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Chapter 11 Ans

Chapter 11 Ans - Answers for Chapter 11 Diversification of...

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Answers for Chapter 11. Diversification of Magmas Simply put, diversification requires: 1) Two (or more) phases in which components are unequally distributed . 2) A physical process in which the phases are separated. When combined, these two processes allow geologic materials, such as rocks, melts, fluids, etc. to change composition. 1. Provide an example from previous chapters of a magmatic system that diversified. Specify the roles of parts (1) and (2) above in the diversification process. We discussed partial melting in many binary and ternary systems in Chapters 6 and 7. We also discussed partial melting with respect to major elements and trace elements in Chapters 8 and 9, and with respect to the mantle in Chapter 10. In any case, the melt formed is not the same composition as the solid residue, being enriched in the low-temperature (Chapters 6-7) or incompatible (Chapters 8-10) components (part 1 above). Then, typically due to its buoyancy and mobility, the melt is released from the residue (part 2 above). 2. Explain why some critical melt fraction (% melt generated) is required before any melt can be extracted from a melting source area. What factors play important roles in hindering melt escape? What principal factors drive melt separation? Enough melt is required to form an interconnected grain boundary network of sufficient thickness to enable some portion to avoid surface adhesion to the mineral grains and free itself from the surrounding solid enclosure. Low permeability, surface adhesion, and viscosity are the principal hindering factors, whereas buoyancy (density contrast between melt and residue) and compaction are important driving factors (as are low values for the limiting factors of course). 3. Use Appendix A to calculate the viscosity (using the method of Shaw) of the basalt in Table 8.1 if it were magma at 1200 o C. Use only H 2 O + and report your results in Pa sec and in poise. I got 4.79 x 10 3 Pa sec (4.79 x 10 4 poise) 1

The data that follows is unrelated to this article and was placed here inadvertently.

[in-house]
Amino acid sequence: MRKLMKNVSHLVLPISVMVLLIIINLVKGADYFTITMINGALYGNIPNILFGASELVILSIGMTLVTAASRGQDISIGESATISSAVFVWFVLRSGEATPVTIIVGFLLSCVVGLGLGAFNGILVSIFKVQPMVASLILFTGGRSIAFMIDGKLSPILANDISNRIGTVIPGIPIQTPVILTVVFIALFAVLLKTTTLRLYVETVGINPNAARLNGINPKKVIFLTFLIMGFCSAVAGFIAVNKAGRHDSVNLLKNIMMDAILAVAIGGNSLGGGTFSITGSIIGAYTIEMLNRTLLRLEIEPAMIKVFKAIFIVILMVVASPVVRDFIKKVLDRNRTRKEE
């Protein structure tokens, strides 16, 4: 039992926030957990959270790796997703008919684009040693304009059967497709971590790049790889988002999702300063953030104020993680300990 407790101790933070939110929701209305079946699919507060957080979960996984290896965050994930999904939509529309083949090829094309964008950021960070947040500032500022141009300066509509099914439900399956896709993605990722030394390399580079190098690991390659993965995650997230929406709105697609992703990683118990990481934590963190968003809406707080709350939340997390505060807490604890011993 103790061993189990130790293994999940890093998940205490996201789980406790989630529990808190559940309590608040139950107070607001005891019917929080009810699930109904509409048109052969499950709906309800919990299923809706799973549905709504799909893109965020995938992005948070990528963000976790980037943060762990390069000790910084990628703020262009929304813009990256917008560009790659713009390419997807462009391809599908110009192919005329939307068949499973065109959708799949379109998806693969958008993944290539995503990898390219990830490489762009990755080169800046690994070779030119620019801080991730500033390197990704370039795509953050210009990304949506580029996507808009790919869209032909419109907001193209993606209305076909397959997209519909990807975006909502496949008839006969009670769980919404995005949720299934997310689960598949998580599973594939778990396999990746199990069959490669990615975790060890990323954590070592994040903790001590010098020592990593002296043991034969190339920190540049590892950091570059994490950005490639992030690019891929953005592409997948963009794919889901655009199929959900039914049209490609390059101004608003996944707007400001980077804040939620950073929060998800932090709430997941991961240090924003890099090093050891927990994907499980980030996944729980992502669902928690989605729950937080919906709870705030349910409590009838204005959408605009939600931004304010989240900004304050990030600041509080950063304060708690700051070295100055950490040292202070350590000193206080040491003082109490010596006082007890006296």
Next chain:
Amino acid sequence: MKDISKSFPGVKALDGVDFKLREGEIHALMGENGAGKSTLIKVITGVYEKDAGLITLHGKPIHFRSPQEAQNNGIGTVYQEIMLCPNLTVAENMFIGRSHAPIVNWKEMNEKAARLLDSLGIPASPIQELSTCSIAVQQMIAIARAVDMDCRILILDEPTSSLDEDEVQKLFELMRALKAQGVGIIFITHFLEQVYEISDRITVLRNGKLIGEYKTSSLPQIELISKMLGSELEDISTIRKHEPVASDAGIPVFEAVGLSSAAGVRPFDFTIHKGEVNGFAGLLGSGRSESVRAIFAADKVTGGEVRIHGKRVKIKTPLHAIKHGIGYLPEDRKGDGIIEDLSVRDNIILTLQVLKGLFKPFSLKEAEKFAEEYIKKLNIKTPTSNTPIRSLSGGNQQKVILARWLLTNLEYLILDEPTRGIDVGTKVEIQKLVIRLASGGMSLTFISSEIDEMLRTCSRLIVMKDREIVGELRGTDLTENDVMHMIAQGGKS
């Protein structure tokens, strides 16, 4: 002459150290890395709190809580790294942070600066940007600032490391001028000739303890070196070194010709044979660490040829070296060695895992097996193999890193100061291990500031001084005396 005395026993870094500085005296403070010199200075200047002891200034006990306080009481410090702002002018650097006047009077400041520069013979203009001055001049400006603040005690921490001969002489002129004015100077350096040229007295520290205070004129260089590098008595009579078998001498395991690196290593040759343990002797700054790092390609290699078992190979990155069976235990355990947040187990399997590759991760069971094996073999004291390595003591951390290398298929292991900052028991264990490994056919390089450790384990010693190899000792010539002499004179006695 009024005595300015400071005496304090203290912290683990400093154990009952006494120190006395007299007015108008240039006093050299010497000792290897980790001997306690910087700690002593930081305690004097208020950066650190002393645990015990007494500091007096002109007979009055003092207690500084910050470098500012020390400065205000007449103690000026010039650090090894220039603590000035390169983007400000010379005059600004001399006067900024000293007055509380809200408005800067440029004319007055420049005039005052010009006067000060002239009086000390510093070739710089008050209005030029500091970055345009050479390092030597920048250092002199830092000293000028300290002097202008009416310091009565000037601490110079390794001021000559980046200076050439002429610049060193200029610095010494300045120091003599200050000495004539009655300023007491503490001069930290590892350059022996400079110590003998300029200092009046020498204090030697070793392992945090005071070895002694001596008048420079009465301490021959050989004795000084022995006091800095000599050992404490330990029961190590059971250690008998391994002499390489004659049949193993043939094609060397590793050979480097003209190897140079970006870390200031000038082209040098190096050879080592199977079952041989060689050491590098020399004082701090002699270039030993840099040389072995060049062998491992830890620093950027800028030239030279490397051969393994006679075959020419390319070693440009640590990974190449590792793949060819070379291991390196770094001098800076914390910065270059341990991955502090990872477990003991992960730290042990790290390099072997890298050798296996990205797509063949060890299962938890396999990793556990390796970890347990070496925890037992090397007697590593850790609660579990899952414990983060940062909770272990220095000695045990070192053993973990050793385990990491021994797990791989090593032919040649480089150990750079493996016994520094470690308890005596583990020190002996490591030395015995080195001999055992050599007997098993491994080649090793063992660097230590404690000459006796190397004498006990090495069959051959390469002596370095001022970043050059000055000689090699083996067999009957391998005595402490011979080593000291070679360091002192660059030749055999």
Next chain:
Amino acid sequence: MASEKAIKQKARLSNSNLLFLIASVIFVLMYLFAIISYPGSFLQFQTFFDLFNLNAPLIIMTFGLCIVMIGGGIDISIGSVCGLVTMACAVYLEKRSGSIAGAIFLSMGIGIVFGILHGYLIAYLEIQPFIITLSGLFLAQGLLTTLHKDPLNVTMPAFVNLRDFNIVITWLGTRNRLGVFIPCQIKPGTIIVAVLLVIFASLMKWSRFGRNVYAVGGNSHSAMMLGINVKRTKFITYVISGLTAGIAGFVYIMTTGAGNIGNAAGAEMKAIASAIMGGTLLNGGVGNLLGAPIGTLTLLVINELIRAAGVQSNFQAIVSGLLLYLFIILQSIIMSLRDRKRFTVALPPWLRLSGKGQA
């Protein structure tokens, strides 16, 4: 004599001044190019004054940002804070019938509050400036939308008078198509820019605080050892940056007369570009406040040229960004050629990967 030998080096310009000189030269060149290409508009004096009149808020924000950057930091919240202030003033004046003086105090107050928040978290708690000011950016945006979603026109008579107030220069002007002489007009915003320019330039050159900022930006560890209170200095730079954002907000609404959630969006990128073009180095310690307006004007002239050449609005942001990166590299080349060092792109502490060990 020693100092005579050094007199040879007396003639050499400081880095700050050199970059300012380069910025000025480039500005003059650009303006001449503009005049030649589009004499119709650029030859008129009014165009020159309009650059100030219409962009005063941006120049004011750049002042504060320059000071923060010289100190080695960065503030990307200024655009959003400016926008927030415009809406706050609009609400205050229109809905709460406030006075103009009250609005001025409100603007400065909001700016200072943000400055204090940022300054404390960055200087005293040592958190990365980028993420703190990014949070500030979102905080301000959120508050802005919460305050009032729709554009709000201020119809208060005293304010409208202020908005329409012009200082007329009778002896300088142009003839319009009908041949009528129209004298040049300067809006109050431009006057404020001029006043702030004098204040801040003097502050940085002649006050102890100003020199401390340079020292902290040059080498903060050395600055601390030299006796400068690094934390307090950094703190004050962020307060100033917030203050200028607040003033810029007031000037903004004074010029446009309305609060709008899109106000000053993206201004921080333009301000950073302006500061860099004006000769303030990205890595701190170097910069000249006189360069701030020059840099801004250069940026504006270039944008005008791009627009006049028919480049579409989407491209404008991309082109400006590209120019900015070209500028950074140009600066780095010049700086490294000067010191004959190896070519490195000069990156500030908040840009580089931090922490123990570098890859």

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Gravity settling of early-forming minerals is the classically proposed mechanism for magmatic differentiation. For non-Newtonian fluids, the processes is best described by Stoke’s Law: V 2gr ( ) 9 2 = - ρ ρ η s l (Stokes’ Law) (11-1) where: V = the settling velocity (cm/sec) g = the acceleration due to gravity (980 cm/sec 2 for the Earth) r = the radius of a spherical particle (cm) ρ s = the density of the solid spherical particle (g/cm 3 ) ρ l = the density of the liquid (g/cm 3 ) η = the viscosity of the liquid (1 g/cm sec = 1 poise) 4. Calculate the settling velocity of a spherical clinopyroxene with a diameter of 5mm and a density of 3.4 g/cm 3 in a basaltic magma with a density of 2.6 g/cm 3 and a viscosity of 900 poise. Would gravity settling in such a situation be a conceivably important process? Explain why.
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